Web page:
Educators who want to include diverse voices in their classroom reading can use this model that offers a multi-dimensional approach to text selection that prioritizes critical literacy, cultural responsiveness and complexity. Presented by Teaching Tolerance, a project of the Southern Poverty Law Center.
A one-page questionnaire that helps users include diverse voices in their day-to-day planning by answering 14 simple yes-or-no questions. This tool is ideal for teachers on the go and anyone looking to assess a text’s diversity.
Users walk through the method Teaching Tolerance uses to identify readings for their K-12 anti-bias curriculum, Perspectives for a Diverse America. This edition gives users an in-depth look at the complexity and diversity of a text and is ideal for curriculum coordinators, literacy coaches, book selection committees and pre-service teachers.
An animated introduction to Jane Austen, from the School of Life. Jane Austen’s novels are so readable in part because she wasn’t an ordinary kind of novelist: she wanted her work to help us to be better and wiser people. Her novels had a philosophy of personal development at their heart.
An animated introduction to Virginia Woolf, from the School of Life. In her novels and essays, Virginia Woolf captured the intimate moments of the 20th century like no one else. She opens our eyes to the neglected value of daily experiences.
TeachingBooks.net provides original, in-studio movies of authors and illustrators, and a wealth of multimedia resources on K–12 books to support reading and library activities for all grades and content areas.
Extensive poetry resources, including core learning poems, articles for students and teachers, essays on poetic theory, a glossary of poetic terms, and links to general poetry sites, teacher-specific resources, single-poet archives, and audiovisual archives.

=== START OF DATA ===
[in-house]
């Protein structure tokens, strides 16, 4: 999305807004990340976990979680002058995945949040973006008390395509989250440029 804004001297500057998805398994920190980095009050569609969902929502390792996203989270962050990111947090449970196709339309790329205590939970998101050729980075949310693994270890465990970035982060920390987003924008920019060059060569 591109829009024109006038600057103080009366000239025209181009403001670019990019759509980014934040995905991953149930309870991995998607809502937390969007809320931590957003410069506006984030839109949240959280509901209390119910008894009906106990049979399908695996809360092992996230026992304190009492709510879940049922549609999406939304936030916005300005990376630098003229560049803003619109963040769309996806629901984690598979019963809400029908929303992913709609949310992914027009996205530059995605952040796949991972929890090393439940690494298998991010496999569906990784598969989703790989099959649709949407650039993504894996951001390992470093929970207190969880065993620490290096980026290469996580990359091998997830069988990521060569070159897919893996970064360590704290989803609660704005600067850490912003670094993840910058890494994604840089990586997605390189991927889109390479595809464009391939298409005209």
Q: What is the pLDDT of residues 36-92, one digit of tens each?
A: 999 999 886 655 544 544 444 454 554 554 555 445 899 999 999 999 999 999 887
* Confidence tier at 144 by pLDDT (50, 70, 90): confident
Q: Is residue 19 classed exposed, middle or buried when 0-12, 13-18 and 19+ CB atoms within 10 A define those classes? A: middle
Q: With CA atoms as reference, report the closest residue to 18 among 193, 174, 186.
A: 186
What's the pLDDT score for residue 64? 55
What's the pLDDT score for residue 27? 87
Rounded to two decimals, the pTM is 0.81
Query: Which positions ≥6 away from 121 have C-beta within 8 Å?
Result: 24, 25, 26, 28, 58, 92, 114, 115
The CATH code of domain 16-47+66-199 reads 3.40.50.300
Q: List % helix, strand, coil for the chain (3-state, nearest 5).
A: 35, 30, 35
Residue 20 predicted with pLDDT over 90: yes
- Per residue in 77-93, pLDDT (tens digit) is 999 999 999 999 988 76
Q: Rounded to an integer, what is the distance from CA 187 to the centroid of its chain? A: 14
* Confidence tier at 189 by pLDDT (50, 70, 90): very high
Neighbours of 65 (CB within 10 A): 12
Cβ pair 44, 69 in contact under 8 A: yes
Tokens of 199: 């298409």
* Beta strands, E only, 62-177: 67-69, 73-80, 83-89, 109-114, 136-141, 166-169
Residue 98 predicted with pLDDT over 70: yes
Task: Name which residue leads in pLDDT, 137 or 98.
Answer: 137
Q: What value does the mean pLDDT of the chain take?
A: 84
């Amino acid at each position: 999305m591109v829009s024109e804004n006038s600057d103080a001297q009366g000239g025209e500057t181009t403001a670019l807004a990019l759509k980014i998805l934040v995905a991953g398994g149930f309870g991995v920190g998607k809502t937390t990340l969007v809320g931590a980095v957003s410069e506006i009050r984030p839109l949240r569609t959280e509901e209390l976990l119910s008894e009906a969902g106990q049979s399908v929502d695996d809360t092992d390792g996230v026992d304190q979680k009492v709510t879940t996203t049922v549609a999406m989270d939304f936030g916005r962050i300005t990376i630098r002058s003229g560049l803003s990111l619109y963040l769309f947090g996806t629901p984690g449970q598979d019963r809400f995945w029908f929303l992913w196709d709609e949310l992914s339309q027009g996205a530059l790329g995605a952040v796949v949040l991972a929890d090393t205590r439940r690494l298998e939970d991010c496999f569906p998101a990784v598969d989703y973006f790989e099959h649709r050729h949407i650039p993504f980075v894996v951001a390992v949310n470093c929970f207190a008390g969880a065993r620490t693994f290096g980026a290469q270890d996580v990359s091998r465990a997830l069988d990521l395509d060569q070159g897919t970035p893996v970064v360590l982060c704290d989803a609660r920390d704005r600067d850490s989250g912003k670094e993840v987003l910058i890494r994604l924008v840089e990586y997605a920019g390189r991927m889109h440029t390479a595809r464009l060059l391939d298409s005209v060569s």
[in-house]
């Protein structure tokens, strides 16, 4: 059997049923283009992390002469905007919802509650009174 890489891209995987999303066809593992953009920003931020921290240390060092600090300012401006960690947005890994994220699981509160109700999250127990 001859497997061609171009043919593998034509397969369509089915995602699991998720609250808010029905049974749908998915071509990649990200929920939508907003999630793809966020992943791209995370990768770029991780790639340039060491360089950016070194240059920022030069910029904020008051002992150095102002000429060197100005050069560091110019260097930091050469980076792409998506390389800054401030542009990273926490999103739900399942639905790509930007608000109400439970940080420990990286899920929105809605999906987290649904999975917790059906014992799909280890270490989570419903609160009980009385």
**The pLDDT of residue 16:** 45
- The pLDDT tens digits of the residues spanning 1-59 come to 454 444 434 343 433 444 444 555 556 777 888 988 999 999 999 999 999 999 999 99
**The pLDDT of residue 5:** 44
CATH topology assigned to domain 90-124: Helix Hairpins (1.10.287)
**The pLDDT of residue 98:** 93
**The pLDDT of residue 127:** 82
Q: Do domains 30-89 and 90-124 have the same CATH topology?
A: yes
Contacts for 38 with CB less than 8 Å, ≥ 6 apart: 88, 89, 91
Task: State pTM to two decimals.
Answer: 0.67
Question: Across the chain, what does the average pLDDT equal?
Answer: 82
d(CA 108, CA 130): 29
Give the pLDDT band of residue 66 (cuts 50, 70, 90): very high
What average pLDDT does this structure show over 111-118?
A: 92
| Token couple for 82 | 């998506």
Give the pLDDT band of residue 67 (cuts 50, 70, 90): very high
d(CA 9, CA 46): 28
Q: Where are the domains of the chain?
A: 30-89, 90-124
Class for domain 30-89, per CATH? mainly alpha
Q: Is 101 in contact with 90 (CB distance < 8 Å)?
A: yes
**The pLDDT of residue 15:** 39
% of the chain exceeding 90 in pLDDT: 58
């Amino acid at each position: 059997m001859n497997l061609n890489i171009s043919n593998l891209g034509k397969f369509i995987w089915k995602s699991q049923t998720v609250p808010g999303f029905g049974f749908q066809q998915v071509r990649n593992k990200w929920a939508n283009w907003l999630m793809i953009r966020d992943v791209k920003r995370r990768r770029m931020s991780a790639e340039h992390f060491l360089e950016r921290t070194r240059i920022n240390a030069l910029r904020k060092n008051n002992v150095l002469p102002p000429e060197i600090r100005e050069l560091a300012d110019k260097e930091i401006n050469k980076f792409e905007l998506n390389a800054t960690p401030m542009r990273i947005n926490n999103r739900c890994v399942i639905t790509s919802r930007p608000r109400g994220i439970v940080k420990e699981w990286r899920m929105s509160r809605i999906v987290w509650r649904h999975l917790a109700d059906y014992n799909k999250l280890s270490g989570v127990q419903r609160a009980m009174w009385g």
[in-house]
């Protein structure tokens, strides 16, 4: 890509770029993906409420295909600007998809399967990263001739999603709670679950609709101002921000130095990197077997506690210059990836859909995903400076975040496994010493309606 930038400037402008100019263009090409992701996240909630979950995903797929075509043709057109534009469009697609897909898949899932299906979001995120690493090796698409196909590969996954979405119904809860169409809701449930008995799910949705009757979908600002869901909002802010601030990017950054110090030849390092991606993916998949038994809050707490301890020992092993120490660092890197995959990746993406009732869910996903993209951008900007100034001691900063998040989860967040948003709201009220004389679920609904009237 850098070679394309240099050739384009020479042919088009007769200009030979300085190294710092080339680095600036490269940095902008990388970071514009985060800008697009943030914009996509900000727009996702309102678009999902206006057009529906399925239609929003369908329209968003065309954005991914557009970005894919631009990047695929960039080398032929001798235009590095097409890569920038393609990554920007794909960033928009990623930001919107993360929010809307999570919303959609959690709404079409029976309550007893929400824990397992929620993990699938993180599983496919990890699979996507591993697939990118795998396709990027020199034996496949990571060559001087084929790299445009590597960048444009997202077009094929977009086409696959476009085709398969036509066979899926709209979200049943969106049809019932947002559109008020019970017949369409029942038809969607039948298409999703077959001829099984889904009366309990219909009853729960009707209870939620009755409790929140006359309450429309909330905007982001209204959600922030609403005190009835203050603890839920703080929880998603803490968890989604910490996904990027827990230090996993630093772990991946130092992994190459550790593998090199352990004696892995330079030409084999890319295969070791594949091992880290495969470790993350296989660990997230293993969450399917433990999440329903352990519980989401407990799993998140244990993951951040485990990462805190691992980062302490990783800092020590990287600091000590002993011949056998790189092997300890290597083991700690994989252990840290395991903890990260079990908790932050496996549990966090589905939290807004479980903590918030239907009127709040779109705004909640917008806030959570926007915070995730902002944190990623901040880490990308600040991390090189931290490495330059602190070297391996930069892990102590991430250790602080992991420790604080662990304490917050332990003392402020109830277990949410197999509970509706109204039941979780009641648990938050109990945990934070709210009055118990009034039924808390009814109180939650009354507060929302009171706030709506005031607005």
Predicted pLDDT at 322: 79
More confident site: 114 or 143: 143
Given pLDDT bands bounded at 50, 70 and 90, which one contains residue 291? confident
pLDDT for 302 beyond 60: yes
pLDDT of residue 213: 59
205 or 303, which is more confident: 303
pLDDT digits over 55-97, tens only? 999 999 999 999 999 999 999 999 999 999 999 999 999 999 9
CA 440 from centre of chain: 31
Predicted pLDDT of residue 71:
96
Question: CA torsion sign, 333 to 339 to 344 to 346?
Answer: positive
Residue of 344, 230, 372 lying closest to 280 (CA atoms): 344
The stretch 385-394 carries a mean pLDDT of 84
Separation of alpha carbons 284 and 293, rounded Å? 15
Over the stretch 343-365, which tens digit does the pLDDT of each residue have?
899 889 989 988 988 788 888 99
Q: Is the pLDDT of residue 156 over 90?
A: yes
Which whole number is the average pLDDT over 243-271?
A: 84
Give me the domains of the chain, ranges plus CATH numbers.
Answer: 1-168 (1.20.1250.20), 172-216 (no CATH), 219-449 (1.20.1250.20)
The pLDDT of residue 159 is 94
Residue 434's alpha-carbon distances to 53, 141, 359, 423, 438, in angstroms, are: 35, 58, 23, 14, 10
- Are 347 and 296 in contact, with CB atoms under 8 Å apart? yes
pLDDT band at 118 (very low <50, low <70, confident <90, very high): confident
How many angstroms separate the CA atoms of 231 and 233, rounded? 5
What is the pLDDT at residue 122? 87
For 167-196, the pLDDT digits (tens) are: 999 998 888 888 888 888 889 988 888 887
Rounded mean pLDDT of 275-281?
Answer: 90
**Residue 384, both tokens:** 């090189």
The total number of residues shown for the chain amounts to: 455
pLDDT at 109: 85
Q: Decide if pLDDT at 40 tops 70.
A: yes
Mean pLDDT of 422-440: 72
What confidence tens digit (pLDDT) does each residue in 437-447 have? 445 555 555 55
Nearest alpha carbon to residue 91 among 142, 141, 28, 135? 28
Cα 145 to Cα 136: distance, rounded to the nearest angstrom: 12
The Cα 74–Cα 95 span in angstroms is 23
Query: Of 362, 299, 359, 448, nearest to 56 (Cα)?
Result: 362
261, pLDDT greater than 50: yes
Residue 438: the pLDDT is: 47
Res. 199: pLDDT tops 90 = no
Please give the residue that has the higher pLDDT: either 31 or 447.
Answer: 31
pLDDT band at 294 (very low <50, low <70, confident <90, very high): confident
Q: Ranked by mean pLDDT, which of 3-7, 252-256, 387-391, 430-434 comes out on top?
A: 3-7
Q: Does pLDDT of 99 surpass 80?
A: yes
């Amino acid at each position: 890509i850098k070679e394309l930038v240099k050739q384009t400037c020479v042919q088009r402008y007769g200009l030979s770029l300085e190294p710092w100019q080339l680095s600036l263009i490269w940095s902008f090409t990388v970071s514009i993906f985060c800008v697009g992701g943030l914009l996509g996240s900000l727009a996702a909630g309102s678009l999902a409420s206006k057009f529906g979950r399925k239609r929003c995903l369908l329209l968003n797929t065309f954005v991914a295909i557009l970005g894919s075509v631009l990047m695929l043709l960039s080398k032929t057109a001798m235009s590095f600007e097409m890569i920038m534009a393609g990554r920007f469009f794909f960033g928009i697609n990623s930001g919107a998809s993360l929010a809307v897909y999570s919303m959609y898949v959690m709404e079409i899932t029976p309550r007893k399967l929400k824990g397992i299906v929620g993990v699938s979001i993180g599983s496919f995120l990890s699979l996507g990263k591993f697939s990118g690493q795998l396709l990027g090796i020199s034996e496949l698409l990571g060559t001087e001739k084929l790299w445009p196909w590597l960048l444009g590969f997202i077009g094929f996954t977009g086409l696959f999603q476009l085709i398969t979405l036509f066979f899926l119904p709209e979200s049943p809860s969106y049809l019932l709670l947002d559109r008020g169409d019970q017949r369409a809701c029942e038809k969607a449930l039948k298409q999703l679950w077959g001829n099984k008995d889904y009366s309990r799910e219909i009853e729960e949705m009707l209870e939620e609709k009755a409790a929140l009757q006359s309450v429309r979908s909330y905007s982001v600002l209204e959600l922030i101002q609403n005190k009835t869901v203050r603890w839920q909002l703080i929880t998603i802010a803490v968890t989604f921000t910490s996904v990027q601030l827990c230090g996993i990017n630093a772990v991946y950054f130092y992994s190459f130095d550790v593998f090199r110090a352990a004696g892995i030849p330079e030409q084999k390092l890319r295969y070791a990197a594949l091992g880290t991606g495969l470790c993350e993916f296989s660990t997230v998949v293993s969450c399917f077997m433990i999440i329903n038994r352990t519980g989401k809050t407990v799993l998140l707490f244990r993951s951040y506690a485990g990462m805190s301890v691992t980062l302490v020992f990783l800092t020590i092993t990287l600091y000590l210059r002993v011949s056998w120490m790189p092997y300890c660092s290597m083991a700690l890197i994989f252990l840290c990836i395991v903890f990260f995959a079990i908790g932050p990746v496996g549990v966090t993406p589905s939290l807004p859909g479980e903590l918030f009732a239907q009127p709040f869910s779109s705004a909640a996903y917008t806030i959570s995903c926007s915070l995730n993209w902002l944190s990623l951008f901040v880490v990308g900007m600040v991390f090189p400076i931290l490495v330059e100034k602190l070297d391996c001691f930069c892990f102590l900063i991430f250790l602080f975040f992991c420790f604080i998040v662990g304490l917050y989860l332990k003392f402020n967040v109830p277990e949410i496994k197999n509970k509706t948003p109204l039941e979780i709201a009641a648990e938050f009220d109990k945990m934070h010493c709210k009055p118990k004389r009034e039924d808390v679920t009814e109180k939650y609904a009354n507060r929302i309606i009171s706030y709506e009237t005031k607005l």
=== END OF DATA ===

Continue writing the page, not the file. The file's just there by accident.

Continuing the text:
Teachers in all content areas who would like to integrate poetry into their instruction can sign up for 'Teach this Poem' - a free weekly email that features a poem along with instructional resources and ideas for activities related to the selection. The new poetry series, best suited for students in fourth through 12th grade, is provided by the Academy of American Poets.
Provides access to a comprehensive and reliable resource for terminology used in all types of libraries. Includes more than 4,000 terms from publishing, printing, literature, and computer science relevant to both library professionals and laypersons.
Provides information on manuscript preparation, punctuation, spelling, quotations, captions, tables, abbreviations, references, bibliographies, notes, and indexes, with sections on journals and electronic media.
54 writing lesson plans tested at 826 writing labs across the country, ranging from goofy fun classes like "Writing for Pets," to more practical workshops like "College Application Essay Boot Camp." The lessons are organized by level: Elementary, Middle School, and High School.
Provides a comprehensive history of the short short story, from its early roots and early publications and appearances, to its current state and practice.Topics covered include: finding freedom and feeling in the form, beginnings and endings, imagery as inspiration, poetry versus prose, taking risks, focusing and editing, and the future of flash fiction.